Keep on truckin' with this freewheeling trio

I'm not a pickup truck guy, but I really liked these anyway

I’m not really a pickup truck enthusiast. I don’t need one for work. I don’t live on a farm or a ranch. I drive – and park – around town most of the time. 

Having said that, however, I really enjoyed the three weeks I spent driving these three great pickup trucks, if for no other reason that I could experience how the other half lives – and I do mean half. When I drive a particular vehicle, or type of vehicle, it heightens my awareness of that model or type on the road, and there are a ton of pickup trucks on the streets and highways of Denver.

Interestingly, one of the “conventional wisdom” points that became almost axiomatic over the last 40 years is that while the Japanese car makers were kicking the tar out of American car makers (a gap that is narrowing), the Americans were still considered the leaders in pickup trucks. And this has been especially true for the guys using pickup trucks for work: when you visited construction job sites over the years, for example, the vast majority of the pickups were Fords, GMCs, Chevys and Dodge Ram, with, of course, the Ford F-150 – for many, many years the No.1-selling vehicle in America car or truck — leading the way.

It has taken Toyota and Nissan (and Honda) a long time to crack the pickup code in the workplace, the dominant end of the market, but it has happened. Just for research I visited a few construction sites while I had these three trucks, and while they are not yet in the majority, the representation of Toyota and Nissan is impressive. Plus, a lot of truck guys just gave me the Thumb’s Up when I was driving them.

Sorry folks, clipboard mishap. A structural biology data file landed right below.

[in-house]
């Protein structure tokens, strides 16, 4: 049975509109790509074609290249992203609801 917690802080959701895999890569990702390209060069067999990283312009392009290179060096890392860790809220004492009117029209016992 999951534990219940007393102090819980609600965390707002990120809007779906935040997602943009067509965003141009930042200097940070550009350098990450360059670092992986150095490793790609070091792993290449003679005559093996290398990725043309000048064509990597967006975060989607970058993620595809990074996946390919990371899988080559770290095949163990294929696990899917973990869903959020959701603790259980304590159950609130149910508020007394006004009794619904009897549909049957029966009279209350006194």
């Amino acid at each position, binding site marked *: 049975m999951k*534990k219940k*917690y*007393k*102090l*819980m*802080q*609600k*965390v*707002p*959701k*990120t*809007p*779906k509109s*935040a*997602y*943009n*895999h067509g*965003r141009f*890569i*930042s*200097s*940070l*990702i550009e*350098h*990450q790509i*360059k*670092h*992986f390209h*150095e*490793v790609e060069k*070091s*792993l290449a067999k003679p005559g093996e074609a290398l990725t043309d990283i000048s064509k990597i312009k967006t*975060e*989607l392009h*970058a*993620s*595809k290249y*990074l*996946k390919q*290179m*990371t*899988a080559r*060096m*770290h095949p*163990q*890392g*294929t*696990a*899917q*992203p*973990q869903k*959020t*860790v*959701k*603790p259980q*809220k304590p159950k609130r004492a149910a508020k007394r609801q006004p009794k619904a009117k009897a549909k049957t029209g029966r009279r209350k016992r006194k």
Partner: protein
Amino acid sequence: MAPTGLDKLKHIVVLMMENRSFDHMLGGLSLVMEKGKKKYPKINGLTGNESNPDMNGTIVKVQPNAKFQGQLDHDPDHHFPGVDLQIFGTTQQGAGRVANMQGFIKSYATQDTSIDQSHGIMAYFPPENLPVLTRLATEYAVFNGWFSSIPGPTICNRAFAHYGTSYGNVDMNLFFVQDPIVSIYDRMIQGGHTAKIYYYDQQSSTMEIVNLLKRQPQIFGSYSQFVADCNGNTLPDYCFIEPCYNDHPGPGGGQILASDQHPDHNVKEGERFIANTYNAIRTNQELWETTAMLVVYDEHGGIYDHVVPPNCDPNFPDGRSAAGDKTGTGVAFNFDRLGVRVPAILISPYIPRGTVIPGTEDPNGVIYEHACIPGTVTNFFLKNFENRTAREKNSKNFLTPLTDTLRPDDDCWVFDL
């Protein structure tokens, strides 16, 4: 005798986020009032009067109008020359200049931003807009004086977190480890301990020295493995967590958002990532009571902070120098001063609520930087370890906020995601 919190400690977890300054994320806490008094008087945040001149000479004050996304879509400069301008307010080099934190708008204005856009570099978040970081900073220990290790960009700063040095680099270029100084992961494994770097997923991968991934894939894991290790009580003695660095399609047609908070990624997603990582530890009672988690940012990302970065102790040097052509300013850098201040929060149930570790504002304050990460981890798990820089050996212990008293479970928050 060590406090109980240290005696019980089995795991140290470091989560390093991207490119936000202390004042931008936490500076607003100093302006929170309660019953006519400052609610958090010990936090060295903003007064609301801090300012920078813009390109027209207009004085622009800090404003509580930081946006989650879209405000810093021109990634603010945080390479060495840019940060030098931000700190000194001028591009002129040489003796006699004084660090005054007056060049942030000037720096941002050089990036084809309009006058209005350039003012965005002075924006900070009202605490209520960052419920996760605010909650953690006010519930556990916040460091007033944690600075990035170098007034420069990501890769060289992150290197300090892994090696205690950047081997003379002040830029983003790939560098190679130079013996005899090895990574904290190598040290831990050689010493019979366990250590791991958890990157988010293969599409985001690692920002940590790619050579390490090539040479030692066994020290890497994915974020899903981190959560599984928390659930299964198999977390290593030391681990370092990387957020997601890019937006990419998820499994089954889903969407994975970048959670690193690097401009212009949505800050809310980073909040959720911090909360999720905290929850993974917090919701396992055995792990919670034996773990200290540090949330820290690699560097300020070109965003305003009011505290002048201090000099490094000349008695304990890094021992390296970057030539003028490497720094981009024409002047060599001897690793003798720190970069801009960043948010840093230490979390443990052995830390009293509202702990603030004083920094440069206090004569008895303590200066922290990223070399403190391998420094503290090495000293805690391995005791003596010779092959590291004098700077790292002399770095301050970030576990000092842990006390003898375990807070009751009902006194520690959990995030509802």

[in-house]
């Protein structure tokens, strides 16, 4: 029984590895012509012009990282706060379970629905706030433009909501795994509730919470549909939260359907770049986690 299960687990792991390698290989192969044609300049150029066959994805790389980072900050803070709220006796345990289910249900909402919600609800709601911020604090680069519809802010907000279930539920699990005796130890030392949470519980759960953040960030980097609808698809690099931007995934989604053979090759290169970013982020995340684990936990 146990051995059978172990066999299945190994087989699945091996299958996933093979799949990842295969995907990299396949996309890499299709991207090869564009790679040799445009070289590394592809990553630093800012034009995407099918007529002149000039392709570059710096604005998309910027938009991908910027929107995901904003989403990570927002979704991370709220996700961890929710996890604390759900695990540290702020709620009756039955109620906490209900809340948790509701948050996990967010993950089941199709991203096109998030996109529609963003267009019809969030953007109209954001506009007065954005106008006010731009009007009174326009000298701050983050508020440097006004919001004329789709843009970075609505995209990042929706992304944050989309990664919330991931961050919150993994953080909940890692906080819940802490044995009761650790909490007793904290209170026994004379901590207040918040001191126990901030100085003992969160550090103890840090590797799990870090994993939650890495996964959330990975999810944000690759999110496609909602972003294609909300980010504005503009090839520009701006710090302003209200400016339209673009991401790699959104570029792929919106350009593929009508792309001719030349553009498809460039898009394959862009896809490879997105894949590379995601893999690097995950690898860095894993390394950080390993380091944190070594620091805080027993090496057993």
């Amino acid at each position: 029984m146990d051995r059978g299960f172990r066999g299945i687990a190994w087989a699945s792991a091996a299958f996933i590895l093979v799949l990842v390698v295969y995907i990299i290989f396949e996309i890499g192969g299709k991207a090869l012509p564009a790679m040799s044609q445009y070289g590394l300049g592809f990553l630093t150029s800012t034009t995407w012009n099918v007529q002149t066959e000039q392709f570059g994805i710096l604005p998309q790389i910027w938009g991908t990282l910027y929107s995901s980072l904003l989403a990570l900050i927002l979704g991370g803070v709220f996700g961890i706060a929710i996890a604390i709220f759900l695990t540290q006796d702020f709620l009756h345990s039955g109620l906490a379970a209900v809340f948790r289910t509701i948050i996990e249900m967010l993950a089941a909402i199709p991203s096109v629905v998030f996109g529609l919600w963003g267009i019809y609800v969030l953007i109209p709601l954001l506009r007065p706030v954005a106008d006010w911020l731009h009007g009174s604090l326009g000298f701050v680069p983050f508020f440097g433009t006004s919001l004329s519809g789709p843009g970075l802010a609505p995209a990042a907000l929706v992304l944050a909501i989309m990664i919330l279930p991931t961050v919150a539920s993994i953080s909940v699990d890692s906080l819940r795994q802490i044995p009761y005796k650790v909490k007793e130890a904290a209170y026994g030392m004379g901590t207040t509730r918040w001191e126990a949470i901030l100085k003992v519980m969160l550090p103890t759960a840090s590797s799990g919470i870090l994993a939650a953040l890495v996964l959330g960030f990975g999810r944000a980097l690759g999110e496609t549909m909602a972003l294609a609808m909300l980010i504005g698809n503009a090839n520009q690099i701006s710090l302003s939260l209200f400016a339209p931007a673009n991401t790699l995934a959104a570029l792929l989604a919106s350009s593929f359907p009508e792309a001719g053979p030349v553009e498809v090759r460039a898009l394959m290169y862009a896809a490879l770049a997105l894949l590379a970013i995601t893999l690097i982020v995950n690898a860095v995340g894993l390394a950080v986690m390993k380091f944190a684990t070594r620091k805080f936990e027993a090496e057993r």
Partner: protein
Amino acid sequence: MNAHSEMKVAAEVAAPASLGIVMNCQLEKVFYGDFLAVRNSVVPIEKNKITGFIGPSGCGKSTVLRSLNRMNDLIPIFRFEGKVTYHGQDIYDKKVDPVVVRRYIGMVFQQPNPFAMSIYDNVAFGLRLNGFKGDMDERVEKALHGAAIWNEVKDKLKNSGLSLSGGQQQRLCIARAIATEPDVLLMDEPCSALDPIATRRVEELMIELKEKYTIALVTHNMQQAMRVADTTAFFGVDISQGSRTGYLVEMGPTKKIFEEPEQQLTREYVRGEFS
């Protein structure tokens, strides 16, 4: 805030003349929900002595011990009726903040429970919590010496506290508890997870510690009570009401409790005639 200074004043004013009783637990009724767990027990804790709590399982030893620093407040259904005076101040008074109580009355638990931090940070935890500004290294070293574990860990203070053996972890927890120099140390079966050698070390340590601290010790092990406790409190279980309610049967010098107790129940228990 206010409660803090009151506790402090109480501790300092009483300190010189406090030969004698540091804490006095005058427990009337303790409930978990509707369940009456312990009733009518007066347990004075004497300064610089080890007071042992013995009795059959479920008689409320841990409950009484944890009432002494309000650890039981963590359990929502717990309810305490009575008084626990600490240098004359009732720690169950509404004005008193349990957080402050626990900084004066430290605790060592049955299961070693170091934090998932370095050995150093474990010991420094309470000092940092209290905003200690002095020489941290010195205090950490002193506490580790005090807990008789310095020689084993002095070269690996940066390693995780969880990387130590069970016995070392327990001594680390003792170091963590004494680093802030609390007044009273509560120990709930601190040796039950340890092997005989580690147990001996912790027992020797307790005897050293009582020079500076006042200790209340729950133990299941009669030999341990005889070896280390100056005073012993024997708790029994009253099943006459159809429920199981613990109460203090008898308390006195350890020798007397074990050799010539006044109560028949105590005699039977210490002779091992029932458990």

But I should be clear. If you look at the marketing material for these three trucks there is a BIG difference. The ¾-ton Nissan Titan is touted as a work truck, and there are lots of discussions of torque and hauling capacity. I don’t do torque. If you look at construction job sites, about the smallest trucks there are ½-ton Ford F-150s.

The Toyota Tacoma and Nissan Frontier – very, very similar vehicles – are “mid-sized” or compact pickups, meaning smaller than an F-150, and they are marketed as “weekend warriors.” Not to cast aspersions, but these are heavily marketed to guys – mostly men, but some women too – who see themselves as truck people, and they are backcountry enthusiasts (hunting, fishing, off-roading), but they don’t really have an occupational need for a truck.

So let’s first look at the Nissan Titan XD Cummins V8 Turbo Diesel. This is a TRUCK! I put that in all caps because this Titan Crew Cab is a BEAST. It is HUGE. You kind of have to plan ahead of where you’re going to park it, because the combination of the bold, big front end, the side mirrors stick out some distance and can be adjusted further out to accommodate hauling something behind and keeping the view.

You can get the Titan in a gasoline version, a big 5.8-liter V8 with 390 horsepower, but I heard from many truck guys during the week that the XD diesel is the one that everyone is talking about. It features a 5-liter V8 turbo-charged Cummins diesel engine, rated at 310 horsepower, and it will move out if you want the speed. There is no EPA rating for gas mileage, because it is “not required for this vehicle,” according to the sticker, but my experience was that I didn’t really put all that many miles on it in city driving, and it sucked fuel. 

As I said, I am not a construction job-site guy, so my impressions have nothing to do with work ability. But it’s easy to see why it would be a good choice. The Titan is tough, rugged, obviously well-made, and very work-styled, meaning that it is a mean looking truck that will garner envy. When you’re driving, however, the Titan is smooth and very comfortable, with all of the modern creature comforts – leather seating, an excellent Rockford Fosgate premium audio system, navigation, a whole App suite through NissanConnect services, Bluetooth, voice commands, a plethora of power outlets all around, tow mirrors, fog lamps, All Wheel Drive – just about everything you can think of. The Titan isn’t nimble, by any means, and you have to plan ahead for parking, but it is surprisingly spry on the streets and highways for such a big vehicle, so getting to and from work, and carrying the crew, would be a pleasant experience.